Some associations and youth movements founded and run by young people are themselves involved in the public debate on global issues, by promoting and running solidarity and international citizenship actions
NB.: the list is non-exhaustive and indicative).
Committee for National and International Relations between Youth and Non-Formal Education Associations / Comité pour les relations nationales et internationales des associations de jeunesse et d’éducation populaire (CNAJEP) (See Chapter 2)
For the Youth and Non-formal Education associations, the CNAJEP provides a space for dialogue, consultation and representation with the public powers on issues concerning youth and non-formal education.
It “enriches the European and international domains in a cross-cutting way by building bridges with the national and regional authorities to cover all issues relating to youth and non-formal education.” In France, it runs the European Structured Dialogue programme and has set up a consultation process for young people known as “ProVox”. As an example, CNAJEP works to lobby for sustainable development and actions to help the climate.
“Committed and determined”
The “Committed and determined / Engagé.es et déterminé.es” (E&D) association is a national body for international solidarity and non-formal education that facilitates a network of associations seeking to create solidarity links at international scale. It is made up of associations run by young people and/or students. E&D is also present internationally (through the different multi-actor programmes, among others) and aims to:
- “Encourage meetings and discussions on practices, skills and knowledge between young members of associations from different countries”,
- “Promote citizen commitment in students and young people across the world,
- “Enable young members of associations from different countries to form partnerships to build international solidarity projects together.”
- “Strengthen the capacities of the associations, coordinators and networks for collectives of active young people.”
3. International organisations.
French youth can also participate in schemes set up by international organisations of which France is a member, such as the UN, UNESCO and La Francophonie
The United Nations (UN)
France is one of the founder members of the United Nations (UN), whose mission it is to respond to such international issues as peace and security, climate change, sustainable development, human rights, terrorism, and humanitarian and health crises. It is also represented in the other main and subsidiary bodies of the UN (it is an elected member of the Human Rights Council, for example). The UN has developed programmes in which young French citizens can participate, including the United Nations Volunteers (UNV), UNV Youth and UNV Specialists programmes, and the Young Experts programme.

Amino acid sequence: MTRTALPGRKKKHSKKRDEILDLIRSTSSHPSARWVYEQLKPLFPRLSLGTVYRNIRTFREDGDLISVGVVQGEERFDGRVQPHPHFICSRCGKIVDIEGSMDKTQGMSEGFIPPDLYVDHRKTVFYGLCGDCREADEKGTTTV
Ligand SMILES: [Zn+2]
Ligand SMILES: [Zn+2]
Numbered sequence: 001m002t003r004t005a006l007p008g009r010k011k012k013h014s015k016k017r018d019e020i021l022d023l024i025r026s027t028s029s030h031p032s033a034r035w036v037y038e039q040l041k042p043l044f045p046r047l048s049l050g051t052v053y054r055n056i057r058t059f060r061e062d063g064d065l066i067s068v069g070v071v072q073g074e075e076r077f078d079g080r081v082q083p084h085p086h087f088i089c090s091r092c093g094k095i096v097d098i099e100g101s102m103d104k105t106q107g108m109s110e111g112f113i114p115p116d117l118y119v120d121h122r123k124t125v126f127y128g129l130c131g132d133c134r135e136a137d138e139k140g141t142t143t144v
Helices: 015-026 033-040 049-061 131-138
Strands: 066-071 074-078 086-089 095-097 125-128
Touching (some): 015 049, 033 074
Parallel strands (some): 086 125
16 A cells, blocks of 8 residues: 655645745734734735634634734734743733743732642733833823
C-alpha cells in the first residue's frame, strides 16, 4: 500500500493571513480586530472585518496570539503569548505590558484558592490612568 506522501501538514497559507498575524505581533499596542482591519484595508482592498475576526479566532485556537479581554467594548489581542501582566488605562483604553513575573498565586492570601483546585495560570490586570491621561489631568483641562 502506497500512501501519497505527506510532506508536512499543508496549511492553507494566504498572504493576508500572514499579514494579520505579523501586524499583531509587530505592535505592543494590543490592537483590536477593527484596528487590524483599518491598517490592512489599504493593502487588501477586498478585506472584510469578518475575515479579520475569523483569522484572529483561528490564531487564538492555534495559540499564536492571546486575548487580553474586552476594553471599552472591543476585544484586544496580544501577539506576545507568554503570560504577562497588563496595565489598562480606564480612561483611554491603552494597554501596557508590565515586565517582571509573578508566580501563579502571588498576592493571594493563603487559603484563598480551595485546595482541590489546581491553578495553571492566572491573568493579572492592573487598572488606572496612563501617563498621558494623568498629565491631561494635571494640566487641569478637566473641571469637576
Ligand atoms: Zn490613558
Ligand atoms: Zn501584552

United Nations Educational, Scientific and Cultural Organization (UNESCO)
UNESCO aims to build peace through international cooperation in education, science and culture. The UNESCO programmes contribute to meeting the Sustainable Development Goals as defined in Agenda 2030, which was adopted by the United Nations General Assembly in 2015. France is one of the founding members of UNESCO. Some UNESCO programmes encourage young people to get involved in building international policy. This is the case for the UNESCO Youth Forum which was created in 1999 to enable young people to voice their concerns and ideas to the Member States and thus contribute to shaping how UNESCO is managed.
International Organisation of La Francophonie (OIF)
The OIF is an institution that fosters cooperation between French-speaking countries. A number of its missions concern global issues such as promotion of peace, democracy and human rights, and development of international cooperation at the service of sustainable development. The OIF intervenes via aid to financing and support for implementation of solidarity projects. It launches public calls for projects every year, funded by the Organisation’s budget as well as by voluntary contributions from member States and governments.
The OIF has also developed a VIF – Francophonie International Volunteering programme (Volontariat international de la francophonie). Based on the values of solidarity, sharing and commitment, the programme provides young French-speakers aged between 21 and 34 y/o with the opportunity to make their knowledge, knowhow and soft skills available to a development project for a 12-month period and experience international mobility in a French-speaking area. Such volunteering missions are carried out at French-speaking institutions wishing to benefit from the help of volunteers in implementing their projects.